I received this book for free from Publisher via Edelweiss in exchange for an honest review. Thank you!! This does not affect my opinion of the book or the content of my review.Illusionarium by Heather Dixon
Published by Greenwillow Books on May 19th, 2015
Genres: Parallel Universes, Science Fiction, Steampunk, Young Adult
Source: Publisher via Edelweiss
What if the world holds more dangers—and more wonders—than we have ever known? And what if there is more than one world? From Heather Dixon, author of the acclaimed Entwined, comes a brilliantly conceived adventure that sweeps us from the inner workings of our souls to the far reaches of our imaginations.
Jonathan is perfectly ordinary. But then—as every good adventure begins—the king swoops into port, and Jonathan and his father are enlisted to find the cure to a deadly plague. Jonathan discovers that he's a prodigy at working with a new chemical called fantillium, which creates shared hallucinations—or illusions. And just like that, Jonathan is knocked off his path. Through richly developed parallel worlds, vivid action, a healthy dose of humor, and gorgeous writing, Heather Dixon spins a story that calls to mind The Night Circus and Pixar movies, but is wholly its own.
Having heard amazing things about Dixon’s debut, Entwined, that I have had on my shelf for years but shamefully not read yet, when the option to review Illusionarium came up, I jumped on that instantly. I’m generally a sucker for all things labeled steampunk anyway. But. Well, I think I may have learned my lesson not to jump the gun like that again.
From the very start, Illusionarium and I didn’t get along – to the point where I honestly should have just stopped reading. But my sense of obligation bade me to continue. The problem with Illusionarium lies mostly in the premise and the utterly failed world building. The story takes place in a steampunk England in the late 1800s, where a plague has just broken out. Jonathan’s father is a scientist hunting for the cure, and he is his apprentice. For *whatever* reason, the king believes that the cure can best be found by illusioning. And this illusion concept is where the novel crashed and burned for me.
Basically, by inhaling a chemical called “fantillium”, people can make illusions: imagine substances and magic so long as they understand the compounds that the illusions would be made of. Okay, sure. Sounds fine and vaguely alchemy-like. Apparently, if multiple people inhale the stuff they *share* the illusions and can all see the same thing. A bit iffy, but it’s fiction, I’ll accept this. But. Apparently you can also illusion doors to parallel universes and then disappear into them. Um. No. Illusions are not real. What happens in an illusion is not real. This bugged the crap out of me because the rest of the book tried to be ultra-scientific about the world building. No. Just no.
Instantly I was unamused by this flawed world building, and it didn’t help that I cared nothing for the main character. Jonathan has absolutely no personality and the book spends little to no time on characterization. It all feels extremely undeveloped and rushed. At the beginning, the book is moving so quickly from action scene to action scene but I didn’t connect to any characters and hardly felt the real tension of this plague they were fighting. Things were just happening. I was a passive observer. I had trouble keeping myself reading – seriously, plucking my eyebrows was more interesting.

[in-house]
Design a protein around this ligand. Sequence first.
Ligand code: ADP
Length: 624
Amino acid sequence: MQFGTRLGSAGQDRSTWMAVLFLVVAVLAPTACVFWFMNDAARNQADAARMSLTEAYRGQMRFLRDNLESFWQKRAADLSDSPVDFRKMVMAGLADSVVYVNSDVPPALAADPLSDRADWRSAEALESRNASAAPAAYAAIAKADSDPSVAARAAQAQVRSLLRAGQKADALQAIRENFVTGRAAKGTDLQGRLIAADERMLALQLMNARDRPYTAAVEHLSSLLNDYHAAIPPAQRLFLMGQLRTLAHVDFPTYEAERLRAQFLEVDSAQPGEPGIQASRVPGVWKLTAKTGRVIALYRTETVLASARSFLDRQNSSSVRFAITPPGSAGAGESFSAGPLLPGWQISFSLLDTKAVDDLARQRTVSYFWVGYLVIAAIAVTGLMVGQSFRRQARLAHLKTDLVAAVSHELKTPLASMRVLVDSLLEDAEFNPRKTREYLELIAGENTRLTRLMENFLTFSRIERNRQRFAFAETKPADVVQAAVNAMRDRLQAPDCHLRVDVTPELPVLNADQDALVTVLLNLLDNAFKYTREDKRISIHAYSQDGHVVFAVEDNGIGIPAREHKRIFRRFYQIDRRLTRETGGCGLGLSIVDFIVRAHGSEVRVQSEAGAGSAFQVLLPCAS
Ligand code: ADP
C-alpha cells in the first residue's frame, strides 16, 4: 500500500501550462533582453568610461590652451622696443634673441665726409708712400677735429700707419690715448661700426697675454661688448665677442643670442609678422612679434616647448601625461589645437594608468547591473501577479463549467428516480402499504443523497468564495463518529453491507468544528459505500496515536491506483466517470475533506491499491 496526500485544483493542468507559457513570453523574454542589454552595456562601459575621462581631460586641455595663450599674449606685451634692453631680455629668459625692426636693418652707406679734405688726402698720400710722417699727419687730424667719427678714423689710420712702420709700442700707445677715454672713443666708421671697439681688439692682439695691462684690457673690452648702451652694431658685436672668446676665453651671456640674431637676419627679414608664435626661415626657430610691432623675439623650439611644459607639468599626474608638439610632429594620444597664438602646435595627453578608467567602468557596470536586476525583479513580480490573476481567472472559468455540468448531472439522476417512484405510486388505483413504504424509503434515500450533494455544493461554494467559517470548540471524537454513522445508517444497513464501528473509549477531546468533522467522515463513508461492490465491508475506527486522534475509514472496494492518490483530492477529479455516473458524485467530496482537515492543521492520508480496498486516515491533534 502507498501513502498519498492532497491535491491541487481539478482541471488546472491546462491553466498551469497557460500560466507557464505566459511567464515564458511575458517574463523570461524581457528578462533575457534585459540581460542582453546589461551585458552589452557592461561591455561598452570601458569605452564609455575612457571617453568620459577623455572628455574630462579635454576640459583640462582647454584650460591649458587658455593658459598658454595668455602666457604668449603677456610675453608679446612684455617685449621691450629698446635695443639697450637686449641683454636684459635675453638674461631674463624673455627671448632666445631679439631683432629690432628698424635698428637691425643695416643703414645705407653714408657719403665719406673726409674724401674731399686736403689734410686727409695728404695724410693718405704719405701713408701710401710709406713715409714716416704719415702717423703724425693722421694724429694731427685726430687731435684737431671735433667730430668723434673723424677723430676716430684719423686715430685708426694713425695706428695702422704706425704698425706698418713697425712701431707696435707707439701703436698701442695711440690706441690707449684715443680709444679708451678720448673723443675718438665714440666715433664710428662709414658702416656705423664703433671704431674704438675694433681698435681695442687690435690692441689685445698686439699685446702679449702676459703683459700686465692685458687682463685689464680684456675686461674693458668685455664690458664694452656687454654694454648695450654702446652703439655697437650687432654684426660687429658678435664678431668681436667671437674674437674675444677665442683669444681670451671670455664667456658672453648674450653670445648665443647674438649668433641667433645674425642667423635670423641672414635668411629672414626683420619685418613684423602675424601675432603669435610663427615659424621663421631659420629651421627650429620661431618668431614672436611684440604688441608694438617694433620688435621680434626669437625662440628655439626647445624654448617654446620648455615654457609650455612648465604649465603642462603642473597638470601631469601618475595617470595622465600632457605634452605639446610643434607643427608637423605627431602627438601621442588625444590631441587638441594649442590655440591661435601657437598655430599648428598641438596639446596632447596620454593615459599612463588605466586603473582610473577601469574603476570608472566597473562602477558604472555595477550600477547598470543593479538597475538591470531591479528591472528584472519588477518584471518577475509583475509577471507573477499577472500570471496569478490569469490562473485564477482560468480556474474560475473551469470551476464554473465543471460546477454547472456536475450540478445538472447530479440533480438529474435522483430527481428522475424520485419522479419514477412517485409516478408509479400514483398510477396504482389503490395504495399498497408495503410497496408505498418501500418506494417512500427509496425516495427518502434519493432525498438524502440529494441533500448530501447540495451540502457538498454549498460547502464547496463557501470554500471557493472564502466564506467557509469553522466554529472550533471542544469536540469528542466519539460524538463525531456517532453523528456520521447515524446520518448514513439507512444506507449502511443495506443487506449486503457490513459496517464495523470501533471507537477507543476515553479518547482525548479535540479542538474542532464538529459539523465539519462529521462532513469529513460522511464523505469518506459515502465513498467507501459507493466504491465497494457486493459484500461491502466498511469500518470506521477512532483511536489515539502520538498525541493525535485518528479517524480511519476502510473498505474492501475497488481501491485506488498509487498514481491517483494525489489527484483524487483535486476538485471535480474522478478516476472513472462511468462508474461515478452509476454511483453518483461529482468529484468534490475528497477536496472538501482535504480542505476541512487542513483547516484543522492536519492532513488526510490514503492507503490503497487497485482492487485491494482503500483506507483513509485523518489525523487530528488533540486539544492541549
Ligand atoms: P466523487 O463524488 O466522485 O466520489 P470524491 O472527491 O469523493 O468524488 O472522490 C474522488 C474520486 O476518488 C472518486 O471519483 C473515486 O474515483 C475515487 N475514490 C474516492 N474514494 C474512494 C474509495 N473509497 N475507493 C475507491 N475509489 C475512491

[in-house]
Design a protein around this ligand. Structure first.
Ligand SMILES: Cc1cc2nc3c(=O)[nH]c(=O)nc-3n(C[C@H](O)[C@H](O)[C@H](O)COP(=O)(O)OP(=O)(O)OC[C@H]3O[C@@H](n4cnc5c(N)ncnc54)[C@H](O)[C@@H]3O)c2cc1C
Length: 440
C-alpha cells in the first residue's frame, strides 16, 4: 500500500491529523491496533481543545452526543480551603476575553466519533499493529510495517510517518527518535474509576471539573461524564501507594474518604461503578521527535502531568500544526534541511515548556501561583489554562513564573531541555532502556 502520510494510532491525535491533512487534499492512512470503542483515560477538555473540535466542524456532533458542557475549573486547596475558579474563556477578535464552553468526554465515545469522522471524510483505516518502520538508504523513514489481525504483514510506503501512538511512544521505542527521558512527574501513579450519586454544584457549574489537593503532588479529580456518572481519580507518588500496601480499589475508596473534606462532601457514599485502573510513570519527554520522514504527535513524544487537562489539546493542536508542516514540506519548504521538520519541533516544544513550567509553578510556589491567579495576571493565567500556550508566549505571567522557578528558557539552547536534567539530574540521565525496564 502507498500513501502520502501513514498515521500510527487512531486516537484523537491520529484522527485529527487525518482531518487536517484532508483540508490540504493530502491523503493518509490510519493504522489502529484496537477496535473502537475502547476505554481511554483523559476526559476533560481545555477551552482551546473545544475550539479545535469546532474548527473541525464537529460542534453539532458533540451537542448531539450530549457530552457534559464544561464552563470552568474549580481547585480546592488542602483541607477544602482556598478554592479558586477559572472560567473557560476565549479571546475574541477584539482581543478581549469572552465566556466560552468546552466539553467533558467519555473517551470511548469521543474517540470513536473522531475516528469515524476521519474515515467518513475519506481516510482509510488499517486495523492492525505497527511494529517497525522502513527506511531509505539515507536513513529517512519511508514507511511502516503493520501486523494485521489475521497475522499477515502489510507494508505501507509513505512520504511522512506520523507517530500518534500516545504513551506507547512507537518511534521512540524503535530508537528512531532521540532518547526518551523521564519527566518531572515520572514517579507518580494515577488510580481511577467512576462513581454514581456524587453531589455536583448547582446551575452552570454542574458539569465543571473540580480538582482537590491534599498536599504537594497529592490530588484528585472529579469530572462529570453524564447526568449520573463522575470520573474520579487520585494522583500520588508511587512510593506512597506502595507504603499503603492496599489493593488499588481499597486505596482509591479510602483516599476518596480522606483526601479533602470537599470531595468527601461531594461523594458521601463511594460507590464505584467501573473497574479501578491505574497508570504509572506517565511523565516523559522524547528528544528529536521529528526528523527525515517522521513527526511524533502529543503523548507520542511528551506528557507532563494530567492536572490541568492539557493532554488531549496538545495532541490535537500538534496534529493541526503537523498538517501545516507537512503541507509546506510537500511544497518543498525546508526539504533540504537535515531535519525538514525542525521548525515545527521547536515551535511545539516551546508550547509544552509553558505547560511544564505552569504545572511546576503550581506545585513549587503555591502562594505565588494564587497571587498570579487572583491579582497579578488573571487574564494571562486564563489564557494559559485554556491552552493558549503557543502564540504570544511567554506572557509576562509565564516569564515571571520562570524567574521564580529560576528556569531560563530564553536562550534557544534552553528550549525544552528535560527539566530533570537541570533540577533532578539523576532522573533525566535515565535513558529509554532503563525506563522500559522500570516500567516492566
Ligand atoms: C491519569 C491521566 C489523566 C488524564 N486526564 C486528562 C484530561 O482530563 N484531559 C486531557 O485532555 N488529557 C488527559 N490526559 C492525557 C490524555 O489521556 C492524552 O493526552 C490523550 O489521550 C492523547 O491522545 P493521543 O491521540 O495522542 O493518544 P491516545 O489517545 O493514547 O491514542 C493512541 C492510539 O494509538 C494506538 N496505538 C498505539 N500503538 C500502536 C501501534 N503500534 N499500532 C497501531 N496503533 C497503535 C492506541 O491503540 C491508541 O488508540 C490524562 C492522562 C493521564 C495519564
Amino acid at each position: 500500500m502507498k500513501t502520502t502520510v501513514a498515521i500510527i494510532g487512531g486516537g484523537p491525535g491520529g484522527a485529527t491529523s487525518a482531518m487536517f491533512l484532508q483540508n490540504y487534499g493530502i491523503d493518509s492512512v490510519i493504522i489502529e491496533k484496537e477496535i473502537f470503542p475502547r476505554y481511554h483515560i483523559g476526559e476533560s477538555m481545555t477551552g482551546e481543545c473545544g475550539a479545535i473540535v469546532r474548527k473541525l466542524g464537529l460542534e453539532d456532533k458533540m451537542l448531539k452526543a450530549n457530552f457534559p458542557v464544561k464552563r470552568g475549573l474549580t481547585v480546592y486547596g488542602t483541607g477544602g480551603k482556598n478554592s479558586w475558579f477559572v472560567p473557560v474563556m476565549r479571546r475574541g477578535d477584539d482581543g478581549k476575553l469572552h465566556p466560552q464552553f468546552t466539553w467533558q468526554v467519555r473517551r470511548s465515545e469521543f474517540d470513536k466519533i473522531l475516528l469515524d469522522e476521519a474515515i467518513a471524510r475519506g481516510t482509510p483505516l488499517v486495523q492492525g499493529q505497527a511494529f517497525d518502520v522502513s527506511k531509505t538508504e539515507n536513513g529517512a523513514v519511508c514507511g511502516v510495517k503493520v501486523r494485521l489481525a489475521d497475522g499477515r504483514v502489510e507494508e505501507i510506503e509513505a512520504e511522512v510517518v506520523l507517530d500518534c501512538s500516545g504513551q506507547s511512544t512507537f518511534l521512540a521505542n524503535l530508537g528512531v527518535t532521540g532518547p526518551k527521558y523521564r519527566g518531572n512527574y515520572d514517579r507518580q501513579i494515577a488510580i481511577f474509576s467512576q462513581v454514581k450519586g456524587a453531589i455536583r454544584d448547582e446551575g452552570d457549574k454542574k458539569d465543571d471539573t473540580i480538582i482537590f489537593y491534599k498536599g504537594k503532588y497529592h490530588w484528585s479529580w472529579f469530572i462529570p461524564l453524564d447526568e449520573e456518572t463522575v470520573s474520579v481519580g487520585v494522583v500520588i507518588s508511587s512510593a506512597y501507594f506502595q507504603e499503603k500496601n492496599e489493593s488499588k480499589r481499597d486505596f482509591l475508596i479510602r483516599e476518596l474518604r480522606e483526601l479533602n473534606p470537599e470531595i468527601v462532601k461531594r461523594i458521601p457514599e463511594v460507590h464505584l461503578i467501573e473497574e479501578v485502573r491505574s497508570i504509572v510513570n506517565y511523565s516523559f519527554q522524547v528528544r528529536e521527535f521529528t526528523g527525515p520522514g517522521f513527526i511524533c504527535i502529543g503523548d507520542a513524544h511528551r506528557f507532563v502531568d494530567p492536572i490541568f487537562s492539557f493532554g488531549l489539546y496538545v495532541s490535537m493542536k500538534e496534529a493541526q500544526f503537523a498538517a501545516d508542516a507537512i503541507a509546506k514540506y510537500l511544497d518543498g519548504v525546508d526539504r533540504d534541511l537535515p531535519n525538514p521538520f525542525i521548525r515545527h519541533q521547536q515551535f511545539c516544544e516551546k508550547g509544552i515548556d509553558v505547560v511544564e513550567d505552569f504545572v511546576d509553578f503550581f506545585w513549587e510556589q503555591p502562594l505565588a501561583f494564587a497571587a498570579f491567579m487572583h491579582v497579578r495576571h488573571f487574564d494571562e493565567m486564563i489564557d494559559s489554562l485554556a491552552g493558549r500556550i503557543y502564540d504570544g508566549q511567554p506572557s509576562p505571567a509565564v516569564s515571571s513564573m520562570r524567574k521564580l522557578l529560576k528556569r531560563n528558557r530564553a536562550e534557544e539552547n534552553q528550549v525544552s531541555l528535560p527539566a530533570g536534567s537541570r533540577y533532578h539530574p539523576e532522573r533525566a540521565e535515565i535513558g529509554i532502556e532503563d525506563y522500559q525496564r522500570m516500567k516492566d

Jonathan ends up in a parallel version of London, a city in crisis, where the antagonist tries to keep him because he can illusion. APPARENTLY that’s a rare gift that only speshul people have. (Why? How? Never explained.) In this parallel version, illusionists are the rulers of the world because… the orthoganagen (fuel) miners… like… watching them? Honestly, it made no sense. Especially when it becomes apparent that inhaling too much fantillium will cause your body to MUTATE and schism, resulting in multiple sets of eyes, noses, mouths, fingers. YEAH. GROSS. AND STILL THEY USE THIS STUFF LIKE DUMB ADDICTS UNTIL THEY ALL GO CRAZY. AND THE QUEEN CASTS OFF AND KILLS THE ONES THAT MUTATE TOO FAR AND THEN JUST GOES AND GETS MORE PEOPLE TO POPULATE HER CRAZY EMPIRE. EVEN THOUGH SHE SAYS SHE’S TRYING TO “SAVE” IT. WHAT. THE ACTUAL. FUCK.
This book is just bizarre. I tried to read as quickly as possible to just get it over with, but I had to stop at times because I was filled with such utter disbelief. My face hurts from being scrunched up so much. There wasn’t even a romance to lighten the mood (which I would say makes this cover QUITE misleading – he doesn’t even have a female sidekick, so wtf?), as Jonathan only has a passing crush on a girl back home. His awkwardly intense companion, Lockwood, manages however to fall in love with a girl in ONE DAY – to the extent of them being ready to give up their lives for each other and stuff. Uh… Yeah. No. That’s the weirdest, most passionless, most awkward instalove I’ve ever seen.
But I will give this book the tiniest amount of points back because, with the bodies schisming, it turned into a very uniquely creepy story that could easily be found within a Studio Ghibli film. If such a version of this story were made, I would probably enjoy it. At least a little. I don’t know.